• Article by Pieter Schlebaum
  • Published on August 31st, 2015

Harris, Arthur

Arthur Harris’ name is indelibly associated with the bomber war. He led Bomber Command from February 1942 until the end of the war against Germany. During the war he was regarded as one of the greatest allied commanders, who had taken over the Command at a critical point and moved it into higher gear. But he became the target of much criticism in the last stages, especially after the bombing of Dresden. Controversies and deep differences of view still run deep, in the United Kingdom as well as abroad. Some people, especially Bomber Command veterans, think of Harris as a war hero who was badly treated by his country after the war. Others have been sharply critical about Harris carrying out the strategy of area bombing until the end of the war. When the plans for a statue in London were made public in 1991 this gave rise to a storm of protest as well as support. The Mayor of Cologne even wrote Queen Elisabeth appealing to her not to take part in the unveiling ceremony. It makes Arthur Harris no doubt one of the most controversial figures of the Second World War.

  • Article by Kees Jan Koster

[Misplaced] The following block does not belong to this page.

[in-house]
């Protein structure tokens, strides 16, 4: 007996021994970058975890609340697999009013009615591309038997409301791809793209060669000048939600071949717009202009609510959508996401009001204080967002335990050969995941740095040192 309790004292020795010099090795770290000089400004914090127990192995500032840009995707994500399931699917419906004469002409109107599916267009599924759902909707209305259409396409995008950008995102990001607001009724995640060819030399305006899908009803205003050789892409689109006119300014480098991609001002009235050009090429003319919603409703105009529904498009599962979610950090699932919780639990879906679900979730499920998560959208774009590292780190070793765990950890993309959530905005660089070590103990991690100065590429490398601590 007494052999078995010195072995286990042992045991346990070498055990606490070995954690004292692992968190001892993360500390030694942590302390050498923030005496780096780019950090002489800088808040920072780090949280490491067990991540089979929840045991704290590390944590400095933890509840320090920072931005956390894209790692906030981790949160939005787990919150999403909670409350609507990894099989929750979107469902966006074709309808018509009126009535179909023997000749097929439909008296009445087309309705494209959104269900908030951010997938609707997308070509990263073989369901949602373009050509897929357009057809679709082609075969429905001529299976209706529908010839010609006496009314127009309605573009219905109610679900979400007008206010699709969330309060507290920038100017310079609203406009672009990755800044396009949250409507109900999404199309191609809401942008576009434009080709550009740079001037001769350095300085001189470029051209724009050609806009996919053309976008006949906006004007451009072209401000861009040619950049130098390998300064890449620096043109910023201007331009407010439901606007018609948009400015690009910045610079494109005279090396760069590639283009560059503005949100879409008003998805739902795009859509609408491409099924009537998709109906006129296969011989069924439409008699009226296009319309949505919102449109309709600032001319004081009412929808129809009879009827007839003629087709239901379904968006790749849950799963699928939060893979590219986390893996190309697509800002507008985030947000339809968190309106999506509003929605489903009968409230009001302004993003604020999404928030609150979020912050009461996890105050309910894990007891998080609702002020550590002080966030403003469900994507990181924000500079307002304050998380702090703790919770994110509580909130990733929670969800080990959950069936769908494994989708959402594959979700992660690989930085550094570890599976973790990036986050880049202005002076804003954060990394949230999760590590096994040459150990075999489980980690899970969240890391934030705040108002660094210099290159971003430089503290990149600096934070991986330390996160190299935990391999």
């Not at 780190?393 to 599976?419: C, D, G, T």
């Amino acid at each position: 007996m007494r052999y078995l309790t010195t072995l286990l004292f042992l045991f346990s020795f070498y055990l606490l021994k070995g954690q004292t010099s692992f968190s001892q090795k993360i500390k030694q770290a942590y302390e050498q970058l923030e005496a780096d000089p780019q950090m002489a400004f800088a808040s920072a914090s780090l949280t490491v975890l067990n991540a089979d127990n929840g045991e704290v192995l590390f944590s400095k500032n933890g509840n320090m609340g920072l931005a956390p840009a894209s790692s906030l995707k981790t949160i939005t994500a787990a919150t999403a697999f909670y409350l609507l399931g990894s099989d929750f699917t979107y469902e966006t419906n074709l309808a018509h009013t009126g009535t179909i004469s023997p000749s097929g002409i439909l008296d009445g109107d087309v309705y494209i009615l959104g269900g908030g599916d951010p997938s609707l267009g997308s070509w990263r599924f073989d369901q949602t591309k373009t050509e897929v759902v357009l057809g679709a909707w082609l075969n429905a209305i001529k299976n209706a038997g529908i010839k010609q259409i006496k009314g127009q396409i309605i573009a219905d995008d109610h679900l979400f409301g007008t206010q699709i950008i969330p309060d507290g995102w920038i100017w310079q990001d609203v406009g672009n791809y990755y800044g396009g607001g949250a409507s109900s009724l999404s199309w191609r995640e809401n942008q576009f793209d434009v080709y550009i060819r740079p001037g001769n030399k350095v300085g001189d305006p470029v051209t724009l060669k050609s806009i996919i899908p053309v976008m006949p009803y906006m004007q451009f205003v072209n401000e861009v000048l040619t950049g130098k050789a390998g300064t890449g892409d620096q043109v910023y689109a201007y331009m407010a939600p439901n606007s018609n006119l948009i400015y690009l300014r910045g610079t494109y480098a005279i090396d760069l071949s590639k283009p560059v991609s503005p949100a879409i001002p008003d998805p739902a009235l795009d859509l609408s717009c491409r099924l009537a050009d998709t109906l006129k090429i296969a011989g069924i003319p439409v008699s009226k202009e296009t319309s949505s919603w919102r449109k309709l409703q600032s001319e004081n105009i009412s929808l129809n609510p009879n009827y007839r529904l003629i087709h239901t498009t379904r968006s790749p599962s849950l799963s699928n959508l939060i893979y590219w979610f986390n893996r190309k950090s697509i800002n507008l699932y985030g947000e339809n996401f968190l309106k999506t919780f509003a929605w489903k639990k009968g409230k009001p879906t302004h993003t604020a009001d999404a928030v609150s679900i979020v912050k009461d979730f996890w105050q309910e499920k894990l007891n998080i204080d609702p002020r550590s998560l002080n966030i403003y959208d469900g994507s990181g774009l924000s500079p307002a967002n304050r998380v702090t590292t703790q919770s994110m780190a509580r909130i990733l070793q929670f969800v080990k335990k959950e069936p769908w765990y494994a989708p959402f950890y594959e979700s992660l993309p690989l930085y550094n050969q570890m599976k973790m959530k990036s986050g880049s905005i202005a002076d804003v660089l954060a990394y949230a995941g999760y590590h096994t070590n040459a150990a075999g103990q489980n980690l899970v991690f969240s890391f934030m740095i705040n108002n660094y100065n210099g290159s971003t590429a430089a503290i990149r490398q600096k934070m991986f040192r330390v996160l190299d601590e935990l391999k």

• Published on October 14th, 2016

Horrocks, Brian

Brian Horrocks was born September 7th , 1895 in Ranikhet, India. He was the son of Sir William Horrocks, a physician in the Royal Army Medical Corps. Brian went to boarding school in England and ended up in the Royal Military College in Sandhurst. He was not exactly a promising student and would not even be granted a commission, provided he did improve his records fast. In August 1914 he was posted to the Middlesex Regiment from Sandhurst. In October, he was injured near Ypre in Belgium and taken prisoner. Despite a few failed attempts at escape he remained in custody for the duration of the war.

  • Article by Pieter Schlebaum
  • Published on April 20th, 2015

Ludlow-Hewitt, Edgar

Air Chief Marshal Sir Edgar Ludlow-Hewitt isn't very well-known for his role in the Second World War. He was the commander of RAF Bomber Command from 1937 and also during the first eight months of the war. During his command he started a very important discussion, for which Sir Arthur Harris would admire him later. Apart from that nobody else in the history of the Royal Air Force held the rank of Air Chief Marshal longer than Ludlow-Hewitt.

  • Article by Wesley Dankers
  • Published on October 4th, 2016

Montgomery, Bernard

Field marshal Bernard Montgomery is not undisputed. On the one hand, he was the one who defeated the German Afrika Korps in late 1942 adding a little luster again to the blemished British blazon; he was also very much concerned about the fate of his soldiers. On the other hand he was known as egocentric, tactless and insinuating, especially to the Americans. He also was the mental father of Operation Market Garden which ended in disaster. Walter Bedell Smith, Chief of Staff of Dwight Eisenhower (Bio Eisenhower) during the war, said to him: "You may be great to serve under but you sure are hell to serve over."